As for greylisting, I currently hold them for 25 minutes, and that might be 20 minutes longer than absolutely required.

                                                      2. 1

                                                        Greylisting is the best. Back when my mailserver was just on a VPS it was the difference between spamd eating 100% CPU and a usable system.

                                                    1. 2

                                                      I must draw attention to a big problem with developing a whole new GUI toolkit: Your applications won’t be accessible to people who need assistive technologies, e.g. blind people with screen readers. Unless, of course, you implement the host platform’s accessibility API. For modern Unix desktops, that API is called AT-SPI, and that’s based on D-Bus.

                                                      But if, like the OP, you’re just using this for personal tools, it’s not a problem. And writing a new GUI toolkit is certainly a good learning exercise.

                                                      1. 2

                                                        If someone wants to email the author a patch that fixes those problems I’m sure they’ll happily accept them.

                                                        1. 1

                                                          Yea I see posts like this more of an educational/curiosity more than anything else .. although I wonder how many curiosities turned into big OSS packages. Samba was definitely one of those.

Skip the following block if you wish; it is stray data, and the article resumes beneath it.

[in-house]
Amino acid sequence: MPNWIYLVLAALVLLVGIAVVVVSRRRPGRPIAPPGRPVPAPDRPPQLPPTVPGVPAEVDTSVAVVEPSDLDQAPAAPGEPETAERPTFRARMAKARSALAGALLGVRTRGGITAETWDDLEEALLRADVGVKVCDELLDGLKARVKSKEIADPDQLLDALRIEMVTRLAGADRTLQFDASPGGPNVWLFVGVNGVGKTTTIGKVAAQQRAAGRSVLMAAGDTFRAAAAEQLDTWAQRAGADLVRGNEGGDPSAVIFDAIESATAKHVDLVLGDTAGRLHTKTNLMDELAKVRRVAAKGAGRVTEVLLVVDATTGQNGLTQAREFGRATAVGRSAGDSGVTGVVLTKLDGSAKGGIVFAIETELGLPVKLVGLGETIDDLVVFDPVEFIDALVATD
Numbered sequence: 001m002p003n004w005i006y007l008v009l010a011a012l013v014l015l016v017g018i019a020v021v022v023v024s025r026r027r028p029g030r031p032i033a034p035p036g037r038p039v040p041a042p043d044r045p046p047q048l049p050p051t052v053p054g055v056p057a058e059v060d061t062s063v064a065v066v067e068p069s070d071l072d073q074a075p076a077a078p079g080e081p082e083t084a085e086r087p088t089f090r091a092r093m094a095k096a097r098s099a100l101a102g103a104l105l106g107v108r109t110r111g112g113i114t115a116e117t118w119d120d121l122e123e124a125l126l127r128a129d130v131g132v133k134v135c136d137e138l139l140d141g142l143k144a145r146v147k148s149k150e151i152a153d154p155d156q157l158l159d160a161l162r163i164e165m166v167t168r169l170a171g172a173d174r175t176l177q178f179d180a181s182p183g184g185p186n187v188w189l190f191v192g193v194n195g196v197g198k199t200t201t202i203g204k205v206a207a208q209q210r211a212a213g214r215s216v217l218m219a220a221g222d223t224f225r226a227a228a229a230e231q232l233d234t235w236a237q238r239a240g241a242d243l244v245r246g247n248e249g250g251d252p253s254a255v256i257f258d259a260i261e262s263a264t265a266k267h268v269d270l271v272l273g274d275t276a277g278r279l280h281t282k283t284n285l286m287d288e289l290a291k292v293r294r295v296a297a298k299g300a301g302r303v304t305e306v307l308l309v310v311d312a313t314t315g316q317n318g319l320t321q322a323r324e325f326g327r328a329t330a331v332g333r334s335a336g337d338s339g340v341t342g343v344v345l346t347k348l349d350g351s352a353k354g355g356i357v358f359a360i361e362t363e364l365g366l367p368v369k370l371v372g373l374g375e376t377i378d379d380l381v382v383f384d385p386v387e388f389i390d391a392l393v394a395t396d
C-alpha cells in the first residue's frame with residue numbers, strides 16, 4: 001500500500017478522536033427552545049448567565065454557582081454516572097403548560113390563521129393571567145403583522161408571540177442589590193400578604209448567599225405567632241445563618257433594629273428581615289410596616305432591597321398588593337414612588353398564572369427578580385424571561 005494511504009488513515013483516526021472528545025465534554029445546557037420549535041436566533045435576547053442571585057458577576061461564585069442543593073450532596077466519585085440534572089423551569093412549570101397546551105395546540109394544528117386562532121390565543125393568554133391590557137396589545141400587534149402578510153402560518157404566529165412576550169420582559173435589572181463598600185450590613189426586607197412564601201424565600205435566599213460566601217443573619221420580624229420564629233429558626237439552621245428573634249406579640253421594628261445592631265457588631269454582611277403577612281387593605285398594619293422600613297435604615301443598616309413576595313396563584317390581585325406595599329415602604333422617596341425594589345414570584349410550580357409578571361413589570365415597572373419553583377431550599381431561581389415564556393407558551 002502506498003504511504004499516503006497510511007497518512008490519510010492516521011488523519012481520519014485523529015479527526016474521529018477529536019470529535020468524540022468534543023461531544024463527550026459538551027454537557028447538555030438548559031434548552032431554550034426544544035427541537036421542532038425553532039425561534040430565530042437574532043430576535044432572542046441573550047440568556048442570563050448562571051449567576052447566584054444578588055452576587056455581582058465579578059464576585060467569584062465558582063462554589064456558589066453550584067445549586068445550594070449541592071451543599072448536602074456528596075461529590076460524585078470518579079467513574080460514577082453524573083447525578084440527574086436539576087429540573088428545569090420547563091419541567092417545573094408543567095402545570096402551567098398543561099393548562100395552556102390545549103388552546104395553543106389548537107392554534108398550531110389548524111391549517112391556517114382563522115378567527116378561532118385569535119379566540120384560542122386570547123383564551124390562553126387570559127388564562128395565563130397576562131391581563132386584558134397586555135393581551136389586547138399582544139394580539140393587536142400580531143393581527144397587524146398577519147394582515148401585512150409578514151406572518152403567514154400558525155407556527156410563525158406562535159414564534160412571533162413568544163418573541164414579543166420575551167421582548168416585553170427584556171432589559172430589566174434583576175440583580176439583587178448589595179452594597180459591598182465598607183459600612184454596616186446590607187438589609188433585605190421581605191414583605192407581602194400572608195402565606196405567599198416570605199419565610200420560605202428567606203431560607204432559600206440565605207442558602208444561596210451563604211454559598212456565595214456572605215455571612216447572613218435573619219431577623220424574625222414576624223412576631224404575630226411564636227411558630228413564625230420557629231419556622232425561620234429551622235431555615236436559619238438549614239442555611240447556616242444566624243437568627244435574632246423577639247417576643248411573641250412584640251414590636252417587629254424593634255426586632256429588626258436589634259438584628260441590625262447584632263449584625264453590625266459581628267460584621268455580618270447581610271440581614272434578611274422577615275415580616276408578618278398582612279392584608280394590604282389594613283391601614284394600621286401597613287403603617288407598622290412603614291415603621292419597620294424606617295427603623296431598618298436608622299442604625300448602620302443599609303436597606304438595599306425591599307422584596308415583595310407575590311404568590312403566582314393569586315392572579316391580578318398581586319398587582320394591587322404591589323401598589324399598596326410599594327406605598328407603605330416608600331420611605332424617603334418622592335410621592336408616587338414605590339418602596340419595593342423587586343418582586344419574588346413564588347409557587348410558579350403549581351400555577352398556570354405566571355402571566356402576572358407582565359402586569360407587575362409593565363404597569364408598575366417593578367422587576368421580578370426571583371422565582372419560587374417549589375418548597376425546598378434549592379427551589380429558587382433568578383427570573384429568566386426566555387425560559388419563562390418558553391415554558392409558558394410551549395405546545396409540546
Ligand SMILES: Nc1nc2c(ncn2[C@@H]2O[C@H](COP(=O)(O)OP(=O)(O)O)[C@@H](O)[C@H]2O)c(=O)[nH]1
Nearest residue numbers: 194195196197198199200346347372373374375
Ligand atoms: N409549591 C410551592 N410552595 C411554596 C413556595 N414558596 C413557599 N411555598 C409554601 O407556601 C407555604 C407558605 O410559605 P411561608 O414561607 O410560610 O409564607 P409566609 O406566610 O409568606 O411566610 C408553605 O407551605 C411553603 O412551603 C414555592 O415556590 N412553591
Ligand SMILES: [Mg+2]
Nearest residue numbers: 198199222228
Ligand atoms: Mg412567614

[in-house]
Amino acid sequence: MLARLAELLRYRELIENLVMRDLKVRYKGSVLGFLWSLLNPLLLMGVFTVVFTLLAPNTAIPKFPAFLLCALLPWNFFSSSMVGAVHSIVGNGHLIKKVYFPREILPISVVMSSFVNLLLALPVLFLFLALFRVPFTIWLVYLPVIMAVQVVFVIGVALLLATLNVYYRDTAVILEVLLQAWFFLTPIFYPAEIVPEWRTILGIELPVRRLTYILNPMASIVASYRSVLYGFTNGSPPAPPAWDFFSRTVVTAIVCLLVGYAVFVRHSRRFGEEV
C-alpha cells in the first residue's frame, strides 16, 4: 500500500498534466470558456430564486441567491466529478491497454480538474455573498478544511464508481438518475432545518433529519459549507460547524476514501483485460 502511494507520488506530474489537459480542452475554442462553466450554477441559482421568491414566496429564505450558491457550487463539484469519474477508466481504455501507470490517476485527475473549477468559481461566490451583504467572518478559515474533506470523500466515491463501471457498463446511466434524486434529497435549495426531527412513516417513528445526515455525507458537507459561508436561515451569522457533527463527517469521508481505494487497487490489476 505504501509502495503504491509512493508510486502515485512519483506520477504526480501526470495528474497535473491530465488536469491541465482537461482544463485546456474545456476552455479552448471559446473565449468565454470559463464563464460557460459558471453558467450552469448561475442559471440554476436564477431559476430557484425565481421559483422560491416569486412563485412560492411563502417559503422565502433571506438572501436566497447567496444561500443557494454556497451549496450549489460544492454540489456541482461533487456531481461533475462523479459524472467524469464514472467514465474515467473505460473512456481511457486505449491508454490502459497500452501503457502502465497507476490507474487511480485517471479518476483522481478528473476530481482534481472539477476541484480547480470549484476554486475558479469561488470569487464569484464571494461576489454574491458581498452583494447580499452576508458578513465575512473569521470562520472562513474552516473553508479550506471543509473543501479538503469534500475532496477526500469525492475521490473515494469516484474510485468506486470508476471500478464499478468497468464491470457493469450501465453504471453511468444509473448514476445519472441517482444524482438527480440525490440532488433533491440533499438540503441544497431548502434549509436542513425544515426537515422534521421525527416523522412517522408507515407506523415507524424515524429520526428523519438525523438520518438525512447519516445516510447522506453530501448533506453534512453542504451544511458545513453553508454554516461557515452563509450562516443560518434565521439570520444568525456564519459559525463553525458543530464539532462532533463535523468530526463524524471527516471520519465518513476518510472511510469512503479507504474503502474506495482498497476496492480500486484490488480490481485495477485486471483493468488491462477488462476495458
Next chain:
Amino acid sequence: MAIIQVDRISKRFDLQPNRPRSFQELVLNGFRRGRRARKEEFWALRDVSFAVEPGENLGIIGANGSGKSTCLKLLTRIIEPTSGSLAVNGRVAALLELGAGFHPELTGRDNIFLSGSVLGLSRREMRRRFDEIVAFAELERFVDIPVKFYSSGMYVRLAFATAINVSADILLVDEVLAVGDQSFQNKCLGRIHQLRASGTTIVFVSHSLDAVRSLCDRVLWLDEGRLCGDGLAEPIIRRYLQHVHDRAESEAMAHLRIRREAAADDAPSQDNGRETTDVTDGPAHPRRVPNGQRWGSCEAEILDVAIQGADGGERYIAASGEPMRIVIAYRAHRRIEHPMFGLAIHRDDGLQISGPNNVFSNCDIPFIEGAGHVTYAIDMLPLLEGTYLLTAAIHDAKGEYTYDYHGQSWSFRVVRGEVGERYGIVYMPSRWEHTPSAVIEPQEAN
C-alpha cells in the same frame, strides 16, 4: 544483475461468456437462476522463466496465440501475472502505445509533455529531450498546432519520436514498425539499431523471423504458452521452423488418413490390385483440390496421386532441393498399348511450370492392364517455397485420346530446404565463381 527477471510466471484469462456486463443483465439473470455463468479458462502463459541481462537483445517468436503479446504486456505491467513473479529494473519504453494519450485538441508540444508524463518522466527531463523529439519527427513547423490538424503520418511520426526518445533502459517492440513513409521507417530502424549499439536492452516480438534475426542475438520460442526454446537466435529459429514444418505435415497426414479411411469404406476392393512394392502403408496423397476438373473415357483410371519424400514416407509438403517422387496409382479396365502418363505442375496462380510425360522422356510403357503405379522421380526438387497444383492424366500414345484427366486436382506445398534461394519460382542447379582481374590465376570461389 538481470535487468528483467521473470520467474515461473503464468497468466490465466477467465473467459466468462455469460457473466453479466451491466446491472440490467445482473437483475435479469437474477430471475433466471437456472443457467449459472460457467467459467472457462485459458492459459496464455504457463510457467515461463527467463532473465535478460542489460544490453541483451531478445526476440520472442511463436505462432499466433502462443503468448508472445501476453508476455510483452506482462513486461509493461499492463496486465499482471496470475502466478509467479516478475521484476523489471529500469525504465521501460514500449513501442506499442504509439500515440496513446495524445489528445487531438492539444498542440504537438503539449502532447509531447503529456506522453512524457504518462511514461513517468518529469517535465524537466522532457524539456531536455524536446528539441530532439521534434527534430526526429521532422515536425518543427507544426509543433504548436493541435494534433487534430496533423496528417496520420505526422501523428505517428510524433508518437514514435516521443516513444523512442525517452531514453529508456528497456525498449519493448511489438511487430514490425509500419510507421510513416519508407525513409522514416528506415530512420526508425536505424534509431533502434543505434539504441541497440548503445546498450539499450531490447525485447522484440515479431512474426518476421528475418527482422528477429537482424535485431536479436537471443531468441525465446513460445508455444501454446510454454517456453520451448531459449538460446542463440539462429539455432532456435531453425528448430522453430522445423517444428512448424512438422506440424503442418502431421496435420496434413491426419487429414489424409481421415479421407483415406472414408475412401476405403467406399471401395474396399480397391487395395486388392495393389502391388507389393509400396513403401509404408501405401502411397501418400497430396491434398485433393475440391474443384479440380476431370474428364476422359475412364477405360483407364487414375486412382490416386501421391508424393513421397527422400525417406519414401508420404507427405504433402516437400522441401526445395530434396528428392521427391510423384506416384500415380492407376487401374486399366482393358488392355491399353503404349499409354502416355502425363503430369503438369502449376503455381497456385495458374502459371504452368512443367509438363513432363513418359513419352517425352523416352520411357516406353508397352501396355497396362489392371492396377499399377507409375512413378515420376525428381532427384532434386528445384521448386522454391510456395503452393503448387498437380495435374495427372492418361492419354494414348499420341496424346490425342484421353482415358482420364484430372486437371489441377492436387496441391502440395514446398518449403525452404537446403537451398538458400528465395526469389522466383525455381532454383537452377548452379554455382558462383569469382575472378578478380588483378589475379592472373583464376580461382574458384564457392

1. 1

                                                          I do like how the author mentions Wayland, even though the post goes down the X11 path.

                                                          I can understand this. I have some FreeBSD/OpenBSD machines and I think it will be a while before we see devs porting Wayland to replace X on those systems. (The Docker port for FreeBSD would be more useful honestly, but that hasn’t been maintained since the big Docker modular refactor).

                                                          I can see the author’s choice for an experiment/writeup like this considering there is a lot more X documentation out there.

                                                          1. 3

                                                            I used the docker containers and the upgrade was pretty painless. Assets are now compiled into the containers as well.

                                                            1. 24

                                                              As far as I can tell at no point has it been suggested in Firefox’s plans for the future involve moving everything to Cloudflare. AIUI Cloudflare was the testbed, nothing more, and Mozilla has explicitly stated that they’re going to look into having a choice of providers.

                                                              (I’m a bit annoyed by the amount of FUD on this coming from the PowerDNS folks, there’s been a bunch on Twitter too)

                                                              1. 2

                                                                I remember reading the blog posts when this was announced and I felt it really wasn’t clear. Maybe I should go read it again.

                                                                I’m still a little concerned. Will there be a big list in Firefox of name servers, similar to SSL roots? Do the browser vendors then get to decide the list of authorized DNS providers?

                                                                I wonder how viable it would be to add a layer of DNS-over-HTTP root servers? Companies who are serious about privacy could contribute to ICANN to see this happen.

                                                              1. 1

                                                                So, Bee2. I understand why you want a better docker compose, but why make your own rather than use or enhance vagrant?

                                                                I’m successfully using vagrant + make as a single-machine docker orchestrator. Because it’s all just ruby, it’s relatively easy to add in whatever I need into the vagrantfile.

                                                                1. 1